2014 Warmest Year on Record
The New York Times
Last year was the hottest on earth since record-keeping began in 1880, scientists reported, underscoring warnings about the risks of runaway greenhouse gas emissions and undermining claims by climate change contrarians that global warming had somehow stopped.
Groundbreaking Study Confirms: We Must Leave Fossil Fuels In the Ground
A groundbreaking new study is confirming what green campaigners have long argued: in order to stave off climate disaster, the majority of fossil fuel deposits around the world—including 92 percent of U.S. coal, all Arctic oil and gas, and a majority of Canadian tar sands—must stay in the ground. This new research is first of its kind to identify specific national reserves that must remain untapped.
IEA Provides First Sign That Tide May Be Turning For Oil Prices
Last week, energy investors got the first of several reports that should confirm for Wall Street analysts that the physical markets for crude oil are responding to the sharp drop in oil prices. I believe supply/demand will work back to a balance during the second half of this year.
Oil, Saudi Arabia, and the End of OPEC
Elias Hinckley, The Energy Collective
Saudi Arabia’s decision not to cut oil production, despite crashing prices, marks the beginning of an incredibly important change. There are near-term and obvious implications for oil markets and global economies. More important is the acknowledgement, demonstrated by the action of world’s most important oil producer, of the beginning of the end of the most prosperous period in human history – the age of oil.
Carbon Counterattack: How Big Oil Is Responding to the Anti-Carbon Moment
Michael T. Klare, Tom Dispatch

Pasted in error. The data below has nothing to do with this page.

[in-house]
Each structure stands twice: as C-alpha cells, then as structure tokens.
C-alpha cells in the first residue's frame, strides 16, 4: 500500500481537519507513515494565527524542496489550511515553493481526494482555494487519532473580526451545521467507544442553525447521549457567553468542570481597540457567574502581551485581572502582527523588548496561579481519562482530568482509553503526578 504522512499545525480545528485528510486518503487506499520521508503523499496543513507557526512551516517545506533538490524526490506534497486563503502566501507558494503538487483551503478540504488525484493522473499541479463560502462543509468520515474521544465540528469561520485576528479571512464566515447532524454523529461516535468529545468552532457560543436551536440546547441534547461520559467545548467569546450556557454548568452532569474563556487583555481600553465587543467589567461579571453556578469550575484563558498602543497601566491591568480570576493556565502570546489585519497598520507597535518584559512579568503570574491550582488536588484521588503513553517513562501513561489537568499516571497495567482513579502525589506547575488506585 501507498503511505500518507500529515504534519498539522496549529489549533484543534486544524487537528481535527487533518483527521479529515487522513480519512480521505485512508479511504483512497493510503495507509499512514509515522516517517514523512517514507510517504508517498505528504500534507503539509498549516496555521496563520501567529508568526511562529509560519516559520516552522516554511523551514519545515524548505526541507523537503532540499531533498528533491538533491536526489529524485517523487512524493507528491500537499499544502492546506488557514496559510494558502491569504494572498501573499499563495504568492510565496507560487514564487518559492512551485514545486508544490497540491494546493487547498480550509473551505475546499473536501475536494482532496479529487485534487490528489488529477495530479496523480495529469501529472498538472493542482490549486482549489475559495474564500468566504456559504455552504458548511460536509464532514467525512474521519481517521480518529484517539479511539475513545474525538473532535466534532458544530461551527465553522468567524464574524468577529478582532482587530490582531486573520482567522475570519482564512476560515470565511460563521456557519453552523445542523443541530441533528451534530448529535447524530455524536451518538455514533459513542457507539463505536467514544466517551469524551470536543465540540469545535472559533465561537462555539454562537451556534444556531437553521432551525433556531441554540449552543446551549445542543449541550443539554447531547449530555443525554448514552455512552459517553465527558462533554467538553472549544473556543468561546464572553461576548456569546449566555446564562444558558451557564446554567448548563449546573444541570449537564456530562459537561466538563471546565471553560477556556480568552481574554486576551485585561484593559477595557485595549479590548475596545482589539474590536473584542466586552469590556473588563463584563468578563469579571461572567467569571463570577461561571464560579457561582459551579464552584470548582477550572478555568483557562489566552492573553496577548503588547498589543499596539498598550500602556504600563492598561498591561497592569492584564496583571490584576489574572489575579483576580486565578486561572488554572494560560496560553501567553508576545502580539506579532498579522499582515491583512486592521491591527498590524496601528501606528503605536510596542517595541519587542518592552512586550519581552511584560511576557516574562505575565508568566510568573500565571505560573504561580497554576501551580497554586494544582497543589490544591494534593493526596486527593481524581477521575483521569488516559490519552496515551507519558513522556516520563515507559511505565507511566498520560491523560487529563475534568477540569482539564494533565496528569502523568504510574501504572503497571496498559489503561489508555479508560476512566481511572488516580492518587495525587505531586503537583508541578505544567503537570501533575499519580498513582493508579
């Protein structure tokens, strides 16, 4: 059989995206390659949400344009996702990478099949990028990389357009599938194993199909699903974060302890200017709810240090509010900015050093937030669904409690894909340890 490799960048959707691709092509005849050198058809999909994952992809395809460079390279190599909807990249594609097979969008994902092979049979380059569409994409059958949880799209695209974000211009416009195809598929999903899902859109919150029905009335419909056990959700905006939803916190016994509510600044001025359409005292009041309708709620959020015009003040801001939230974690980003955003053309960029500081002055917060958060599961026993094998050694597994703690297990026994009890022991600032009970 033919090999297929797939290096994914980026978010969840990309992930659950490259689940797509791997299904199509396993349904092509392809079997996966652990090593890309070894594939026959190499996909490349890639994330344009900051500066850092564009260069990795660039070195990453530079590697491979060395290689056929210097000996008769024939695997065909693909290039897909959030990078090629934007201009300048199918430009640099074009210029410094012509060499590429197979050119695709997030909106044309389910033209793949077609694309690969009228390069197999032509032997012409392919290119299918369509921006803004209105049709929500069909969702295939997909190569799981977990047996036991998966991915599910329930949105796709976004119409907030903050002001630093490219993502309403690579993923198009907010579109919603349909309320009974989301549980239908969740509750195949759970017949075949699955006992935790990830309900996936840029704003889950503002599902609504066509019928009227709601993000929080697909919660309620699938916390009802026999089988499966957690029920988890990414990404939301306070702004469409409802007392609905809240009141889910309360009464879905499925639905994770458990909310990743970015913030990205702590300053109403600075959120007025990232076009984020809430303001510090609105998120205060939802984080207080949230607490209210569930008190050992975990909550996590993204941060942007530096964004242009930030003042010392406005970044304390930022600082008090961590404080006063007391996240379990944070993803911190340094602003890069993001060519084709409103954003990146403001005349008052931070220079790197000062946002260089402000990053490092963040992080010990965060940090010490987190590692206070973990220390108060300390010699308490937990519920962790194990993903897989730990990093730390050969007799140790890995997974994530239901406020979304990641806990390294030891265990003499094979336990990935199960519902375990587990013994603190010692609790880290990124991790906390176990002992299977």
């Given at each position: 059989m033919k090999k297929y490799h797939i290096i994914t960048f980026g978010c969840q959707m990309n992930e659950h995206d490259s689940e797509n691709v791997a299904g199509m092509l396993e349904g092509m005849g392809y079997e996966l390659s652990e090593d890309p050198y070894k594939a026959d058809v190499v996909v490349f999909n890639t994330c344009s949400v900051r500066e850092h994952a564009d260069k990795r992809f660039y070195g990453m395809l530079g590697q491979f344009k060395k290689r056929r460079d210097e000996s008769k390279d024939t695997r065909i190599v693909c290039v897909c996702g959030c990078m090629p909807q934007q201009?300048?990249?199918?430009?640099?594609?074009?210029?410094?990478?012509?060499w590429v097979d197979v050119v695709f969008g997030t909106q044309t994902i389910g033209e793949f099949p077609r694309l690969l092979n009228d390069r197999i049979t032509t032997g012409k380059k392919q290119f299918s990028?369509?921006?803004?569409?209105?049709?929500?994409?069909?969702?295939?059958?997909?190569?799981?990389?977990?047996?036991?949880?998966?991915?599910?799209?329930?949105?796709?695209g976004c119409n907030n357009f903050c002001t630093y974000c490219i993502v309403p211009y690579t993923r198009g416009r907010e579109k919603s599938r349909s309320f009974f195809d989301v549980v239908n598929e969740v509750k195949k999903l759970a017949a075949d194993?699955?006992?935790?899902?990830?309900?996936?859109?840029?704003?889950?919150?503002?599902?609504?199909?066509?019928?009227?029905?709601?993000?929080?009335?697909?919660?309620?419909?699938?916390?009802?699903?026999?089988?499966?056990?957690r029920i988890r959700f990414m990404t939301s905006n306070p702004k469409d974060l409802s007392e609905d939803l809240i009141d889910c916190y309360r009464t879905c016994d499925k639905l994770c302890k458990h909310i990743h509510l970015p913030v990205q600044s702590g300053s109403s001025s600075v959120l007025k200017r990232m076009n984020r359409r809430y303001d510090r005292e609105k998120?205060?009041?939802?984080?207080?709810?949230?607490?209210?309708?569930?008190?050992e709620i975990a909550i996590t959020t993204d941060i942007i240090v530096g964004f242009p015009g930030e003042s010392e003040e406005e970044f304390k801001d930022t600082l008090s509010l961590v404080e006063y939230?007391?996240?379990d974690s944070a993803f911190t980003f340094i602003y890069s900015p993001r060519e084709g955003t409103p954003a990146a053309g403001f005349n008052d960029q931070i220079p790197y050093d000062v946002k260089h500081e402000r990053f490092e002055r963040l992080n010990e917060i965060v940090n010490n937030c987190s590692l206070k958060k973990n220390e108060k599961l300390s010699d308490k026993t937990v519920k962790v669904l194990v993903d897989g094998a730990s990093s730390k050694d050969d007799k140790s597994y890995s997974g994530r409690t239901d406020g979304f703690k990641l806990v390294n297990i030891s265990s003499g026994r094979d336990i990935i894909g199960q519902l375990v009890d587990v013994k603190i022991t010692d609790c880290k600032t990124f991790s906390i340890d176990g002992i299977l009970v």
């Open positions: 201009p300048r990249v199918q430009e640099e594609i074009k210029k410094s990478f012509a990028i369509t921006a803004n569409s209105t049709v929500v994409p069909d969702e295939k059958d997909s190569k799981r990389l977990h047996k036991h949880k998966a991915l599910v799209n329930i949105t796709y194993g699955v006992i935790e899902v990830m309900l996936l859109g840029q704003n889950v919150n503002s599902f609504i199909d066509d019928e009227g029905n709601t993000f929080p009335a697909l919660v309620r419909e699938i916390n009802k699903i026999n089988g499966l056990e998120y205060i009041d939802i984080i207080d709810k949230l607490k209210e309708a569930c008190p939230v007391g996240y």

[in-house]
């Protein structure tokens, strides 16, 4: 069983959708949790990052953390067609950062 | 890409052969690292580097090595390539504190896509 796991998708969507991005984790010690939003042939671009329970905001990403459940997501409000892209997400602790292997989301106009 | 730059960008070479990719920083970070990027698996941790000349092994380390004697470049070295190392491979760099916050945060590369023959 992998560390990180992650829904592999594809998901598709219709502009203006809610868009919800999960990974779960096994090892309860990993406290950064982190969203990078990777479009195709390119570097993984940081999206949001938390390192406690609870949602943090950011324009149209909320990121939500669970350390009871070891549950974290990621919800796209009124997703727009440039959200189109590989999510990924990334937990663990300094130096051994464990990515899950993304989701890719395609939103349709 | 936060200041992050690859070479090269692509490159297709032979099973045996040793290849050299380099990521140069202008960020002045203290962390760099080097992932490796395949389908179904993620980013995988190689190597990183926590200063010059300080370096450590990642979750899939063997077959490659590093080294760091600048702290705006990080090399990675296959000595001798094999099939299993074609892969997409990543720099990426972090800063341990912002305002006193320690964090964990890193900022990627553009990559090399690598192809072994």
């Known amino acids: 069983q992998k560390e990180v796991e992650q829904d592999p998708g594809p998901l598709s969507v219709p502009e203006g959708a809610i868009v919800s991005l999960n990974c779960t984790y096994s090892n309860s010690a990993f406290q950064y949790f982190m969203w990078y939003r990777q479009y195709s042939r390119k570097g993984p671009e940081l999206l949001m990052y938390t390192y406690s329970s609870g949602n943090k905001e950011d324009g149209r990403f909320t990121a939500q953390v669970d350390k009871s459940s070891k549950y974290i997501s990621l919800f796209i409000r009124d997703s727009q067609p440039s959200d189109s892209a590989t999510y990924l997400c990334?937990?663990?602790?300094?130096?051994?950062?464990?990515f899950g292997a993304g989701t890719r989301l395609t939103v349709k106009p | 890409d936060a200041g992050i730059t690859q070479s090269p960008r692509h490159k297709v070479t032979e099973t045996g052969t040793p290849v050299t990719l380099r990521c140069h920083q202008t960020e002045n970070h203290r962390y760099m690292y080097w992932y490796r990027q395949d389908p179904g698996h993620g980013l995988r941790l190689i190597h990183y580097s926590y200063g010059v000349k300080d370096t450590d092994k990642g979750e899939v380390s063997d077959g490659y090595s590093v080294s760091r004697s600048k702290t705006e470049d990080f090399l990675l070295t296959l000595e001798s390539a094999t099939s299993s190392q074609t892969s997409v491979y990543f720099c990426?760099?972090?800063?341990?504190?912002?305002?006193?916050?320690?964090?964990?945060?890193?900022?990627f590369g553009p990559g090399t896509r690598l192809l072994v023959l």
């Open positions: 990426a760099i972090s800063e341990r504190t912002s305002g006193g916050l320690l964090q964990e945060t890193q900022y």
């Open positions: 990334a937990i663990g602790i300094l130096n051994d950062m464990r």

Around the world, carbon-based fuels are under attack. Increasingly grim economic pressures, growing popular resistance, and the efforts of government regulators have all shocked the energy industry. But instead of retreating, the major oil companies have gone on the offensive, extolling their contributions to human progress and minimizing the potential for renewables to replace fossil fuels in just about any imaginable future.
At least one major oil company will turn its back on fossil fuels, says scientist
The Guardian, UK
The oil price crash coupled with growing concerns about global warming will encourage at least one of the major oil companies to turn its back on fossil fuels in the near future, predicts award-winning scientist and former industry adviser Jeremy Leggett. Now a solar energy entrepreneur and climate campaigner, Leggett points to Total of France as the kind of group that could abandon carbon fuels.
Obama visit: India-US to sign energy deal
India and the US are likely to sign an energy deal under which India could commit to generating 15-20% of its energy need from zero emission sources by 2030. The deal that would be signed during President Barack Obama’s visit this month will also have the US agreeing to support India’s efforts through the government’s flagship Make in India programme by investing in urban energy infrastructure and making energy-saving appliances as well as in research. The US has already committed to $1 billion for financing renewable projects in India.
China Buying Up Latin American Oil
Colin Chilcoat, Oilprice.com
China is pledging $250 billion in investment in Latin America over the next decade. The country’s oil-based financing is still an unproven gamble – and lower prices increase the default risk – but it’s shrewd move for what will soon be the world’s largest consumer of oil.